We know that anger leads negotiators to make riskier choices and blame others when things go wrong. In a new study, researchers Jeremy A. Yip and Maurice E. Schweitzer find that anger also leads us to engage in greater deception in negotiation—even when it’s not our counterpart who angered us.
In one of the study’s experiments, participants were asked to write an essay about an inspirational moment from their lives. Some participants then received handwritten feedback from another participant that insulted the essay—for example, by calling it “stupid” or “ordinary.” Other participants simply received a factual summary of their essay as feedback. Not surprisingly, those in the former condition felt much angrier than those in the latter condition after reading their feedback.
Next, the participants were randomly paired with another participant, one who had not evaluated their essay, for an online game. In the game, the participants were tasked with anonymously allocating money between themselves and their partner. Those who had been primed to feel angry were more likely to deceptively exaggerate the generosity of their offer to their counterpart than were those who were primed to feel neutral. The researchers also found that anger—but not another negative emotion, sadness—prompted less-ethical behavior but only when participants had financial incentives to behave deceptively. Anger reduced participants’ empathy, making them more self-interested and thus more open to behaving deceptively.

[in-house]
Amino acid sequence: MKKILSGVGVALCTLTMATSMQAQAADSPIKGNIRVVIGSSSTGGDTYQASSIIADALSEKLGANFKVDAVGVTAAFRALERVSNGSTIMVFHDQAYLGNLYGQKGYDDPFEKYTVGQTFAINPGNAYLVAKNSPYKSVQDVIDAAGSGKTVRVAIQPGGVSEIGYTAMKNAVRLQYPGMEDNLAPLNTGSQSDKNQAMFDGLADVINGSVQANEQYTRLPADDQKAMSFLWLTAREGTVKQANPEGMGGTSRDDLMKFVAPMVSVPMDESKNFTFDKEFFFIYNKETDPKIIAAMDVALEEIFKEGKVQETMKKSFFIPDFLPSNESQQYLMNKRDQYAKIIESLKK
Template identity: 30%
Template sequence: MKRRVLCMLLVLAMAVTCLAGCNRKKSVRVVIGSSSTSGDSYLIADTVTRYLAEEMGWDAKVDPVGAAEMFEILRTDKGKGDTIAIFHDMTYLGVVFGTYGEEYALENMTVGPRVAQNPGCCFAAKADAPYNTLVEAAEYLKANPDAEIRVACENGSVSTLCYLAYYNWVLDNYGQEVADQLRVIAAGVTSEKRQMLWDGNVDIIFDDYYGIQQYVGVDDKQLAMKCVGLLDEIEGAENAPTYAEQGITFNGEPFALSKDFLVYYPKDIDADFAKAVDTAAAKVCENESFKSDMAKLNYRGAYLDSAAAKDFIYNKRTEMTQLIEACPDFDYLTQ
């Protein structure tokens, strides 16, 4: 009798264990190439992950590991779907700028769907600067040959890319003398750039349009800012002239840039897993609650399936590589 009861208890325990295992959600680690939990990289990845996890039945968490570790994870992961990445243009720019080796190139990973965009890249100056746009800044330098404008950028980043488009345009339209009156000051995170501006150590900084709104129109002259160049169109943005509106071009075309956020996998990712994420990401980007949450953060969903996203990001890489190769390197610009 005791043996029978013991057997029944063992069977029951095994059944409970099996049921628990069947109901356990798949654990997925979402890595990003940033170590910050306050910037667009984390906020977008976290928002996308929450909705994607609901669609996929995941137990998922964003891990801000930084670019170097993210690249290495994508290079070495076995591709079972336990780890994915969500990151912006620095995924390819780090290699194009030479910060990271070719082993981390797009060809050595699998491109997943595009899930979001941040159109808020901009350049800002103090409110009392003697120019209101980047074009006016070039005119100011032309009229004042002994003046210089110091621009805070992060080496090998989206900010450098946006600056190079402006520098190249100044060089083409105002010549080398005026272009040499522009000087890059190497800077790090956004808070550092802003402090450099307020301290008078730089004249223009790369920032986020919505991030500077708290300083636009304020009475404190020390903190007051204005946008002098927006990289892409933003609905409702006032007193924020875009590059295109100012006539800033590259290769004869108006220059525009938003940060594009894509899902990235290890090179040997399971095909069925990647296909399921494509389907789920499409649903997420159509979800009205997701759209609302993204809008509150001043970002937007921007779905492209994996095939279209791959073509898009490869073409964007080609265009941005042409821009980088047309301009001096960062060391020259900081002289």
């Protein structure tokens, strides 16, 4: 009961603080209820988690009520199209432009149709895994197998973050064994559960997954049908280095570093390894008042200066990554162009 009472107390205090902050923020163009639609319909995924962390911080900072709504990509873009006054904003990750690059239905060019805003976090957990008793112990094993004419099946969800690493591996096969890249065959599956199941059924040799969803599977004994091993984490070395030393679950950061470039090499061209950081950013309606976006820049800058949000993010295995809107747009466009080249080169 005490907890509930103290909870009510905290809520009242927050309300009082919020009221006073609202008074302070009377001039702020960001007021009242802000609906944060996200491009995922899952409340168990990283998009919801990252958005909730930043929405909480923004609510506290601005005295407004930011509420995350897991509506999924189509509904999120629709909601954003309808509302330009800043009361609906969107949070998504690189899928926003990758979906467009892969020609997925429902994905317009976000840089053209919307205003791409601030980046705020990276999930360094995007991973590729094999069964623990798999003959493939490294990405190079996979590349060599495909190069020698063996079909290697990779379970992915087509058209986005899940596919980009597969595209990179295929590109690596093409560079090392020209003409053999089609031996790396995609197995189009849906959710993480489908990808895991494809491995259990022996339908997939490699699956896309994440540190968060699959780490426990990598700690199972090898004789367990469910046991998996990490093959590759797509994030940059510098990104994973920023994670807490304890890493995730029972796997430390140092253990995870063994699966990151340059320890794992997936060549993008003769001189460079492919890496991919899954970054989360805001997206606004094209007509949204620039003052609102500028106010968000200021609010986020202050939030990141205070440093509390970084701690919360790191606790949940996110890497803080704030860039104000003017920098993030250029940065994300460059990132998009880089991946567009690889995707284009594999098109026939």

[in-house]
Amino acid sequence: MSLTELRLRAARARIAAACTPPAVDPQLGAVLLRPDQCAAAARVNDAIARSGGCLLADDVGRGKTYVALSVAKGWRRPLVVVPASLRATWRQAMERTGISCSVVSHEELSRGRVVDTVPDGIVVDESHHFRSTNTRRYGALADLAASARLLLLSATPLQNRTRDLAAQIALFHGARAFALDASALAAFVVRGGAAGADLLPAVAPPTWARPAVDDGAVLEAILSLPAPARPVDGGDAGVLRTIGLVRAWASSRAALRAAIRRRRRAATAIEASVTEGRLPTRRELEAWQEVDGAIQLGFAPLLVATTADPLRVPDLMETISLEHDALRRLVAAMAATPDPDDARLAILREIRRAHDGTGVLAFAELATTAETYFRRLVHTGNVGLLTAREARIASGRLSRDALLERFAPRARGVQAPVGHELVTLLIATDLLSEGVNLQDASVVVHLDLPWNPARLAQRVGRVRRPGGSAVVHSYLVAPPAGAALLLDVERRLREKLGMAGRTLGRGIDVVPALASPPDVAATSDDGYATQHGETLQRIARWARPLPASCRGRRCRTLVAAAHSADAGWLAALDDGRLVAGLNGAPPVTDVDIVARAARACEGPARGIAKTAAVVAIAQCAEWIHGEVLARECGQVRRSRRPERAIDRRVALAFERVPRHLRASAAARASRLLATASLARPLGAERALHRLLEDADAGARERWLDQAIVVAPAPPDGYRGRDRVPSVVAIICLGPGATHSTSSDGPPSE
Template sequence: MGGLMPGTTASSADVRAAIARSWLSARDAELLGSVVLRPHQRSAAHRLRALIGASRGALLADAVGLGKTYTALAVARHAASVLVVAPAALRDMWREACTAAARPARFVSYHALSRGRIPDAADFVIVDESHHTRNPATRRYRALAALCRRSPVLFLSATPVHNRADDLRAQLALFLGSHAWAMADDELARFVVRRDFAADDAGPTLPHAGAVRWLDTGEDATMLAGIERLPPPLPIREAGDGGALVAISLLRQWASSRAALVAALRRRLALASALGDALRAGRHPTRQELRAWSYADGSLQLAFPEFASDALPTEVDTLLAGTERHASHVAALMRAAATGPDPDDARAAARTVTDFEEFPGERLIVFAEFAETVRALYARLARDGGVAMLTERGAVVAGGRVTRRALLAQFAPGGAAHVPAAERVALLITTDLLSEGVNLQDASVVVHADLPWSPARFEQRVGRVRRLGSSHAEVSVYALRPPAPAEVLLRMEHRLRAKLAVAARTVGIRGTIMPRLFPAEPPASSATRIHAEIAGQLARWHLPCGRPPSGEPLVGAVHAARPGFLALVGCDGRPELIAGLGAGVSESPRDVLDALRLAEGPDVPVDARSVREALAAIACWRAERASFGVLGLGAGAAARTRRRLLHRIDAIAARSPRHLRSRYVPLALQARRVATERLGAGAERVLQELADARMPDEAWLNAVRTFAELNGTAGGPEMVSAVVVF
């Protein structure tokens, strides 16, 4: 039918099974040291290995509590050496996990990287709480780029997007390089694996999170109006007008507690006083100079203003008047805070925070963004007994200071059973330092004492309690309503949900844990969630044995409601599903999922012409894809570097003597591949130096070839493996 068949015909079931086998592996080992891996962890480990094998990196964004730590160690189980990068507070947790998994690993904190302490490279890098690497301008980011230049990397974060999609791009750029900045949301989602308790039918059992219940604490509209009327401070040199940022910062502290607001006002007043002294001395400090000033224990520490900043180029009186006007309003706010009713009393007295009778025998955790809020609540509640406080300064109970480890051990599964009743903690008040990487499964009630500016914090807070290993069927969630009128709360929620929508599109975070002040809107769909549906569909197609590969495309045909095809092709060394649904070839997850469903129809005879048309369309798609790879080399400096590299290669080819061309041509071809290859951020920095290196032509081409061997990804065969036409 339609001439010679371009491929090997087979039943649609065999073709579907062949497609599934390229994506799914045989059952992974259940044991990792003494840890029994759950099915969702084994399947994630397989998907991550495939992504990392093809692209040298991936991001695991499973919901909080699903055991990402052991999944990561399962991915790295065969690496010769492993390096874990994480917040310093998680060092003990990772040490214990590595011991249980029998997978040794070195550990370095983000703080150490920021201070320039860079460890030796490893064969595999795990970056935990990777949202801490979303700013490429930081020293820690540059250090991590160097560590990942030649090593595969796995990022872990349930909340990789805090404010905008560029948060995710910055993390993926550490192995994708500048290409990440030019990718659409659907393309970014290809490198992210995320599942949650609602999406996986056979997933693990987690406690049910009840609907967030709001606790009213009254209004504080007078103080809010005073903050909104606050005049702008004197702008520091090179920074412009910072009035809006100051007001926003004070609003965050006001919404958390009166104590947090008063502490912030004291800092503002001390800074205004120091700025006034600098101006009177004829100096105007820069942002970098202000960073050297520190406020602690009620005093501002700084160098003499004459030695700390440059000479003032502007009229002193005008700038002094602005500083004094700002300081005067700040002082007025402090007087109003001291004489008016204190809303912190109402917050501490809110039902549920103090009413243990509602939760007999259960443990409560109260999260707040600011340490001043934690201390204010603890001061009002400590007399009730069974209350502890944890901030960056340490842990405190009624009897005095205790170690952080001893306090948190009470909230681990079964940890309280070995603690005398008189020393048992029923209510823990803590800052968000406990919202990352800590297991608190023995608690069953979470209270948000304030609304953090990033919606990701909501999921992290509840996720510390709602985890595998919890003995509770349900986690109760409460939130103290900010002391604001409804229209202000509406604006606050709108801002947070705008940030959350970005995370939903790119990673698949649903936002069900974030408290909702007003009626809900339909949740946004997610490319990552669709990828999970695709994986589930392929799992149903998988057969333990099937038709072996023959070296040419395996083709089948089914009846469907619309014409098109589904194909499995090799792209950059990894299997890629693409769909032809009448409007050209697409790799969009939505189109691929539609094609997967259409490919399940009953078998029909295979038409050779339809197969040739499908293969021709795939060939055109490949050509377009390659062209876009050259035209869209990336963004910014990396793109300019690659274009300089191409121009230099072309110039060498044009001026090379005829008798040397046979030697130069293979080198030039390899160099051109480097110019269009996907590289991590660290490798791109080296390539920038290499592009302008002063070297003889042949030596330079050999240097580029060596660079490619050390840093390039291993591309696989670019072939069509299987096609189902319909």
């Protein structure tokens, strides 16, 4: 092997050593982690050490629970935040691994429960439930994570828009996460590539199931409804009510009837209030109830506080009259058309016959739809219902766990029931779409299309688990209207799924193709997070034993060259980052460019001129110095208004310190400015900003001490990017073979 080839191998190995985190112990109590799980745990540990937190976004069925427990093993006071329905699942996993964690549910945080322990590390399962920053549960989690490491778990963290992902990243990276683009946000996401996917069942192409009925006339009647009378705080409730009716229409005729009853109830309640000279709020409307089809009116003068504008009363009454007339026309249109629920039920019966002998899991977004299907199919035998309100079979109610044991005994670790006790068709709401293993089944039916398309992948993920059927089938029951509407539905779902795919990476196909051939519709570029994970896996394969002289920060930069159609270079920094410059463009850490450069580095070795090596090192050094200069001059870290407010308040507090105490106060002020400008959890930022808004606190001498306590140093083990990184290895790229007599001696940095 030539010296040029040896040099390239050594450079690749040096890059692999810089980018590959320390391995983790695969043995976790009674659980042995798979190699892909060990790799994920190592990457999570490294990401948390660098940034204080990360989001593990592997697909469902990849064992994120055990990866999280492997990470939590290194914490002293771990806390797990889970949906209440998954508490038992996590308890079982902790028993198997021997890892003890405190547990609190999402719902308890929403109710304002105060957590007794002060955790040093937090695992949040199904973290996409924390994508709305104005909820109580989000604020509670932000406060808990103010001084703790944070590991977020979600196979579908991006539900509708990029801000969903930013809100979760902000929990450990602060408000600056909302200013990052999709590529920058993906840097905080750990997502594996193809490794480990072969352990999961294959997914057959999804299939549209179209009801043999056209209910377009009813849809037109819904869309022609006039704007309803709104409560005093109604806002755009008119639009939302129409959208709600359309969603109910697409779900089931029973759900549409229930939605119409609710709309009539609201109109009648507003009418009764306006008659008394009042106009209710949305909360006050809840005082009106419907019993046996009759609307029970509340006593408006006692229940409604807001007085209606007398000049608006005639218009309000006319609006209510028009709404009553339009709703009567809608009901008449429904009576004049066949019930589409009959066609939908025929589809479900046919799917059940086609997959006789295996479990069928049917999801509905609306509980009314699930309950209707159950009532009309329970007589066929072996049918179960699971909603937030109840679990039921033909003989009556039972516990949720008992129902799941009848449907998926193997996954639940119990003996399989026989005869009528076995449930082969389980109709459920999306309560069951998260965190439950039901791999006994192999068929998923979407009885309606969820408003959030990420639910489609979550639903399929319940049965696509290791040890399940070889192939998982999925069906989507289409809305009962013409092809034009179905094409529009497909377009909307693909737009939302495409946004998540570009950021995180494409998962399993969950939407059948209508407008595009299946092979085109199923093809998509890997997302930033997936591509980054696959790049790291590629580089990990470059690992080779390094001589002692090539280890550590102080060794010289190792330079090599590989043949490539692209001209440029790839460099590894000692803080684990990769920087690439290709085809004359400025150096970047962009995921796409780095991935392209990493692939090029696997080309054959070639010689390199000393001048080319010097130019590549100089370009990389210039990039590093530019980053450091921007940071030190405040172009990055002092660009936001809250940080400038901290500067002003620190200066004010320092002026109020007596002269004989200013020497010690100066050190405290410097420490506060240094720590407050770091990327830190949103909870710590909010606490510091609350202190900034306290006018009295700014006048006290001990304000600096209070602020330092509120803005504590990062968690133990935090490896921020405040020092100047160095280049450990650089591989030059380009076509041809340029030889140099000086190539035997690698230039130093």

Interestingly, the anger that participants felt in these studies was unrelated to their counterparts or other aspects of the decisions they faced. Anger triggered by one’s counterpart could generate even less ethical behavior, Yip and Schweitzer speculate. The results suggest the value of taking a break to cool down when you feel angry during a negotiation and encouraging counterparts to do the same, lest someone engage in behavior they later regret.
Resource: “Mad and Misleading: Incidental Anger Promotes Deception,” by Jeremy A. Yip and Maurice E. Schweitzer. Organizational Behavior and Human Decision Processes, 2016.